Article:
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Ch. 25- The Urinary System

The Urinary System and Kidney Functions
1) Urine flows from each kidney, down its ureter to the bladder and to the outside via the urethra 2) System filters the blood and returns most of the water and solutes to the bloodstream 3) Regulation of blood ionic composition (Na+, K+, Ca2+, Cl- and phospate ions) 4) Regulation of blood pH, osmolarity & glucose 5) Regulation of blood volume (conserving or eliminating water) 6) Regulation of blood pressure (Secreting the enzyme renin, Adjusting renal resistance) 7) Release of erythropoietin (hormone that controls RBC production) & (controls reabsorption of Calcium) 8) Excretion of Nitrogen wastes (urea and uric acid) & foreign substances
External Anatomy of the Kidney
1) Paired kidney-bean-shaped organ 2) 4-5 in. long, 2-3 in. wide 3) Found just above the waist between the peritoneum & posterior wall of abdomen (Retroperitoneal along with adrenal glands & ureters) 4) Protected by 11th & 12th ribs with right kidney lower 5) Blood vessels & ureter enter hilus of kidney 6) Renal capsule= transparent membrane maintains organ shape 7) Adipose capsule that helps protect from trauma 8) Renal fascia= dense, irregular connective tissue that holds against back body wall
Other Urinary System Organs
1) Urinary bladder- provides a temporary storage reservoir for urine 2) Paired ureters- transport urine from the kidneys to the bladder 3) Urethra- transports urine from the bladder out of the body
Internal Anatomy of the Kidney
A frontal section shows three distinct regions: 1) Cortex- the light colored, granular superficial region 2) Medulla- exhibits cone-shaped medullary (renal) pyramids (Pyramids are made up of parallel bundles of urine-collecting tubules, Renal columns are inward extensions of cortical tissue that separate the pyramids, The medullary pyramid and its surrounding capsule constitute a lobe) 3) Renal pelvis- flat, funnel-shaped tube lateral to the hilus within the renal sinus (Major Calyces- large branches of the renal pelvis that collect urine draining from the papillae and empty urine into the pelvis, Urine flows through the pelvis and ureters to the bladder)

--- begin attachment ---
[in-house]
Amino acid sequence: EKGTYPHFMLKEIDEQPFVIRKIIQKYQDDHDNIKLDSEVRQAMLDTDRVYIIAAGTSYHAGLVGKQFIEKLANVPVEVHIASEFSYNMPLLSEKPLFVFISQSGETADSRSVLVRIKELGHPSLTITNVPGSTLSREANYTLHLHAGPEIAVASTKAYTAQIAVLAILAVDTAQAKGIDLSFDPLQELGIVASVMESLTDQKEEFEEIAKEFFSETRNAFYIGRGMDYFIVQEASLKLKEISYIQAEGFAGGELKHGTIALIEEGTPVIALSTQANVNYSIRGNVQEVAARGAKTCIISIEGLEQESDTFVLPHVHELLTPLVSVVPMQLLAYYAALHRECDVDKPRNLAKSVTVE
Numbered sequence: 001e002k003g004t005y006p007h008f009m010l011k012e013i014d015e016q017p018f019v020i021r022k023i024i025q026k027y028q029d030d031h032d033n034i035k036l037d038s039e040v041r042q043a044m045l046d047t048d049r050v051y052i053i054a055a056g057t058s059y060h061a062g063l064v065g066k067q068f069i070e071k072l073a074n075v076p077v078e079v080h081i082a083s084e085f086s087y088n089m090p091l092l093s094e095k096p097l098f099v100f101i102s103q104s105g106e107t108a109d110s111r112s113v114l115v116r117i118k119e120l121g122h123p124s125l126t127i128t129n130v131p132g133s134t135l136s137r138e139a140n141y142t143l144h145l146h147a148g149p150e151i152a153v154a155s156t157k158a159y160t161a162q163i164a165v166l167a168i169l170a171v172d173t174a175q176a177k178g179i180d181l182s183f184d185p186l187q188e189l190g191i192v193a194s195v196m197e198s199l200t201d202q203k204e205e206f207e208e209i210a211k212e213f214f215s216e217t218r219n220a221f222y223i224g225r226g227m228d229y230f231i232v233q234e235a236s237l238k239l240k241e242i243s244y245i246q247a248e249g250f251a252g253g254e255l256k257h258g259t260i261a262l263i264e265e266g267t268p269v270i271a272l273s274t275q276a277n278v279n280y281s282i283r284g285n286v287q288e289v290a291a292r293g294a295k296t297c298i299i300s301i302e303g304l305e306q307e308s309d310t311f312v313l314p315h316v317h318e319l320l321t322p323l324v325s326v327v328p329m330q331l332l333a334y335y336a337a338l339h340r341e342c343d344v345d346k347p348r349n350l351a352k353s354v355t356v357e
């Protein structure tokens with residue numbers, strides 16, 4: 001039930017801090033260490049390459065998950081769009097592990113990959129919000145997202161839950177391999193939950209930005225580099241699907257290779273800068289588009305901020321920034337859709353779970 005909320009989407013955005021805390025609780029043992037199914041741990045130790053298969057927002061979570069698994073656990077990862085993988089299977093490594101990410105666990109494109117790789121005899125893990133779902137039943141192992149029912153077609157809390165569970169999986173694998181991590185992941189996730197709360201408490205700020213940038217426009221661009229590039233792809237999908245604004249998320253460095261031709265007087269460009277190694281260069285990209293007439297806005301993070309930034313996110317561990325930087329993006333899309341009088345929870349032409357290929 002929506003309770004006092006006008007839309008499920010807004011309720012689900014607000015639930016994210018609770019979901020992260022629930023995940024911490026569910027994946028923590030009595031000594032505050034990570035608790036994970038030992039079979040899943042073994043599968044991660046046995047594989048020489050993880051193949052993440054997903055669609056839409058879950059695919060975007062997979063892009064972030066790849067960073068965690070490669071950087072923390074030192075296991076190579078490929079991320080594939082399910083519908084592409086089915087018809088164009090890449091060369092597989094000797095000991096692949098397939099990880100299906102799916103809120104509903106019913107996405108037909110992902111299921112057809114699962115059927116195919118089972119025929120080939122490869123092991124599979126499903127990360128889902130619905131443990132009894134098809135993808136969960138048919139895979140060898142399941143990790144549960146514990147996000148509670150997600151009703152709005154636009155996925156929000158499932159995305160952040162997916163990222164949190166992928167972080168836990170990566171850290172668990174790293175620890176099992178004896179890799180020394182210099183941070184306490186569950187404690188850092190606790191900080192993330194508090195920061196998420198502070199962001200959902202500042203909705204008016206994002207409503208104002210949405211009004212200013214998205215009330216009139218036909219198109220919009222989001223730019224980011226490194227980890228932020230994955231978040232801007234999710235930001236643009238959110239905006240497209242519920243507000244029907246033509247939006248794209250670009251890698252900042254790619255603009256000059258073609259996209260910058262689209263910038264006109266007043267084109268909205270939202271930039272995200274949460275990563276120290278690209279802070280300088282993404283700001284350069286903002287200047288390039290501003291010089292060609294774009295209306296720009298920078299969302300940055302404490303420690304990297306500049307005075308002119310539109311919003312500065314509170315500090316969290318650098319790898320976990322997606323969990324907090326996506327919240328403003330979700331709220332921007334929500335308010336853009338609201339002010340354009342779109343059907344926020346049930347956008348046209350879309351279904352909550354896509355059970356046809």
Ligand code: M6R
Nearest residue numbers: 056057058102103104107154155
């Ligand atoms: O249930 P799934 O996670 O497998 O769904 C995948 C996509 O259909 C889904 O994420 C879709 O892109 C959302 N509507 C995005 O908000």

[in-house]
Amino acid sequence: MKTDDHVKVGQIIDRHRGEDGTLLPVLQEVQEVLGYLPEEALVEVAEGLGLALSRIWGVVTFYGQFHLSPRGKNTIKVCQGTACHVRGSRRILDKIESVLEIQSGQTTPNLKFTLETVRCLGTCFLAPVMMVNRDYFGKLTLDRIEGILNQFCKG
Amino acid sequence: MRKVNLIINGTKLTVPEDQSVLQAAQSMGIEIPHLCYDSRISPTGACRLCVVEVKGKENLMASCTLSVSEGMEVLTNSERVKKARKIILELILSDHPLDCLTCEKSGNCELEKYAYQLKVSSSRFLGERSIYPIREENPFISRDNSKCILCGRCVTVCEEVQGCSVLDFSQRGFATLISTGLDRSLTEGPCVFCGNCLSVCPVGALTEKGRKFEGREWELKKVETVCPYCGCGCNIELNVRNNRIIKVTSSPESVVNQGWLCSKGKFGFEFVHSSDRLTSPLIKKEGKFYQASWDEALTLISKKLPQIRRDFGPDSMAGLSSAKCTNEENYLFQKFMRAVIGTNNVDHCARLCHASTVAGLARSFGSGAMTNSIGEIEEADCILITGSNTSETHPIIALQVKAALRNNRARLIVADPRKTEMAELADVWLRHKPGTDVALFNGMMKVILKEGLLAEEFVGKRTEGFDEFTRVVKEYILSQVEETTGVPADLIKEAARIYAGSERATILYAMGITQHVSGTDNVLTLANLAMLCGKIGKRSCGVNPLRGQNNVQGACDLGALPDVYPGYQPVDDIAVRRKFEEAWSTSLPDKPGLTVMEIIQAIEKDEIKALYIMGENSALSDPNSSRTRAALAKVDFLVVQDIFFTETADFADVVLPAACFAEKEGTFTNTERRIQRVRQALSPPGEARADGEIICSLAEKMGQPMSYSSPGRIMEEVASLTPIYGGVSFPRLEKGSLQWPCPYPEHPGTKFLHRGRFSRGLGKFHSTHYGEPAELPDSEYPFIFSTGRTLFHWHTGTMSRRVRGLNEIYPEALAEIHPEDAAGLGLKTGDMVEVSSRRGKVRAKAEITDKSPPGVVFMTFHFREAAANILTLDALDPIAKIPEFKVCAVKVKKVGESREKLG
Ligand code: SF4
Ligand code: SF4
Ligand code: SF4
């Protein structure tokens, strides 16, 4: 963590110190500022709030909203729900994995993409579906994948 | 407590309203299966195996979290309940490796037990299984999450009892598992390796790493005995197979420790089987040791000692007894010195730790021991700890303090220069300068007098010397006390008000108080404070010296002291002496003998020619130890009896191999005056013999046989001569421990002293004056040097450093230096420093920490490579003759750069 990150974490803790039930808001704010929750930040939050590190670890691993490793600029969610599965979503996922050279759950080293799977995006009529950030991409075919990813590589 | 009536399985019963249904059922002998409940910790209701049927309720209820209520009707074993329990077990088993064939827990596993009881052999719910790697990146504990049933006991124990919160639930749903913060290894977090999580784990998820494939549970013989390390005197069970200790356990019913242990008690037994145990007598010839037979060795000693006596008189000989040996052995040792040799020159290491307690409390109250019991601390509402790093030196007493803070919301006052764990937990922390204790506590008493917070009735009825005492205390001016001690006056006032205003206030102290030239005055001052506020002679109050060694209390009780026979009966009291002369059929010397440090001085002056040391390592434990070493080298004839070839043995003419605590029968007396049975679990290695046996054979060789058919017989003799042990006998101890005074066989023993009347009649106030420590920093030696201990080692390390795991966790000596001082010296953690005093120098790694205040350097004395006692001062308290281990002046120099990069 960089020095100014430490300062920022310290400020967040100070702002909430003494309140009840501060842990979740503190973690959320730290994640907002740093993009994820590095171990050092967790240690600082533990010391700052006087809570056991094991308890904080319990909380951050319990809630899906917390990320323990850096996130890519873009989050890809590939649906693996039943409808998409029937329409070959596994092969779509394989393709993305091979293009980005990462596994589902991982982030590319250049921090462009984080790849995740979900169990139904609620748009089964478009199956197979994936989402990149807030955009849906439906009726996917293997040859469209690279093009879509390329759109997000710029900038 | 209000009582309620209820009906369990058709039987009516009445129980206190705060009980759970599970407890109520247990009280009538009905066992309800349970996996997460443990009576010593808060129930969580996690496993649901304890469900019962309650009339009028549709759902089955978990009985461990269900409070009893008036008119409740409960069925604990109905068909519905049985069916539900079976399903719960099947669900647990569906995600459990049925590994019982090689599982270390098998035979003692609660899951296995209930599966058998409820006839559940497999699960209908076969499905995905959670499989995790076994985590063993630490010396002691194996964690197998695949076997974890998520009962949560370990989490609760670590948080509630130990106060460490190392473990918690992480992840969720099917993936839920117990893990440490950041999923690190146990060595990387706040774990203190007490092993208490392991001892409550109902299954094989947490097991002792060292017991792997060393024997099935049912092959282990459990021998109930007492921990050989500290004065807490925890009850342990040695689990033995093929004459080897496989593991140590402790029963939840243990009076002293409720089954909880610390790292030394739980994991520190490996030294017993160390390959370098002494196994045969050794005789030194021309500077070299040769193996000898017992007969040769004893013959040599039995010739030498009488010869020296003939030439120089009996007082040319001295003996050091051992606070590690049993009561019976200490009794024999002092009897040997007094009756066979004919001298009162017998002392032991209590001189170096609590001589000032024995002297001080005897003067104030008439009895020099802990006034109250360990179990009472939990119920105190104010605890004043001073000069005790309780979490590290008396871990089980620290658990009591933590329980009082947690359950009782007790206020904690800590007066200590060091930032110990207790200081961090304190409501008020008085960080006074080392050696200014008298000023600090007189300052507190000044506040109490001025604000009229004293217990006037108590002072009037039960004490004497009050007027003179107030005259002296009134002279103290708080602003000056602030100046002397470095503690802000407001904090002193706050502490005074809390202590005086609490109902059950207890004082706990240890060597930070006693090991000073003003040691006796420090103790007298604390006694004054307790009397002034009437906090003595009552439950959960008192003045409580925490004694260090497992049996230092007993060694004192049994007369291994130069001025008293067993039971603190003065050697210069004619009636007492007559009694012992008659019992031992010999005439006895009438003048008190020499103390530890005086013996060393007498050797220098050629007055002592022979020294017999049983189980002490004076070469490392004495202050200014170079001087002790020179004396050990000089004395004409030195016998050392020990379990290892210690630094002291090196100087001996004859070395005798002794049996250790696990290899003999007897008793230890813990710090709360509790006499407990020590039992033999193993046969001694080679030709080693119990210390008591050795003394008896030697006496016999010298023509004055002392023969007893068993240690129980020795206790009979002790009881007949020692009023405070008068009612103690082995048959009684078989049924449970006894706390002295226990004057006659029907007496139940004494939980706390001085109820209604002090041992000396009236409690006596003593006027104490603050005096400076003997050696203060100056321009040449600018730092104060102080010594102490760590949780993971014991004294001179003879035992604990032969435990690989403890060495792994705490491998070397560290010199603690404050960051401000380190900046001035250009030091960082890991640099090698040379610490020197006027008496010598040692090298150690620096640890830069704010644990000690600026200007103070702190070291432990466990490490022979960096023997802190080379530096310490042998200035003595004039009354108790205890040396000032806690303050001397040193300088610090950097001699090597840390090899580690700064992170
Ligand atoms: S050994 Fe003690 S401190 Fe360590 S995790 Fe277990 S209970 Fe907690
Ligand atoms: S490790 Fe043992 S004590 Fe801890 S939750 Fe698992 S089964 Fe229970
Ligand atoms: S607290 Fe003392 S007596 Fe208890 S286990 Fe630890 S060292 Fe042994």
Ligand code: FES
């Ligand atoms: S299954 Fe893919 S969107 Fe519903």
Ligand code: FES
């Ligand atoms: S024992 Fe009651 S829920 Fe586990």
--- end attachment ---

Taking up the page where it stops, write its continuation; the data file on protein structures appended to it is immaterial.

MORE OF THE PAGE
Blood and Nerve Supply of the Kidney
1) Abundantly supplied with blood vessels (Receive 25% of resting cardiac output via renal arteries) 2) Functions of different capillary beds (Glomerular Capillaries where filtration of blood occurs, Peritubular Capillaries that carry away reabsorbed substances from filtrate) 3) Sympathetic vasomotor nerves regulate blood flow % renal resistance by altering arterioles
Blood Vessels around the Nephron
1) Glomerular capillaries are formed between the afferent & efferent arterioles 2) Efferent arterioles give rise to the peritubular capillaries and vasa recta
The Nephron
1) Kidney has over 1 million nephrons composed of a corpuscle and tubule 2) Renal corpuscle= site of plasma filtration (Glomerulus is capilliaries where filtration occurs, Glomerular/Bowman's capsule is double-walled epithelial cup that collects filtrate) 3) Renal tubule (Proximal convoluted tubule, Loop of Henle dips down into medulla, Distal convoluted tubule) 4) Collecting ducts and papillary ducts (Drain Urine to the renal pelvis and ureter)
Cortical Nephron
1) 80-85% of nephrons are cortical nephrons 2) Renal corpuscles are in outer cortex and loops of Henle lie mainly in cortex 3) Produces dilute urine because the LOH is short not time for reabsorption
Juxtaglomerular Apparatus
Structure where afferent arteriole makes contact with ascending limb of loop of Henle: 1) Macula densa is thickened part of ascending limb 2) Juxtaglomerular cells are modified muscle cells in arteriole
Number of Nephrons
1) Remains constant from birth (Any increase in size of kidney is size increase of individual nephrons) 2) If injured, no replacement occurs 3) Dysfunction is not evident until function declines by 25% of normal (other nephrons handle the extra work) 4) Removal of one kidney causes enlargement of the remaining until it can filter at 80 % of normal rate of 2 kidneys
Mechanism of Urine Formation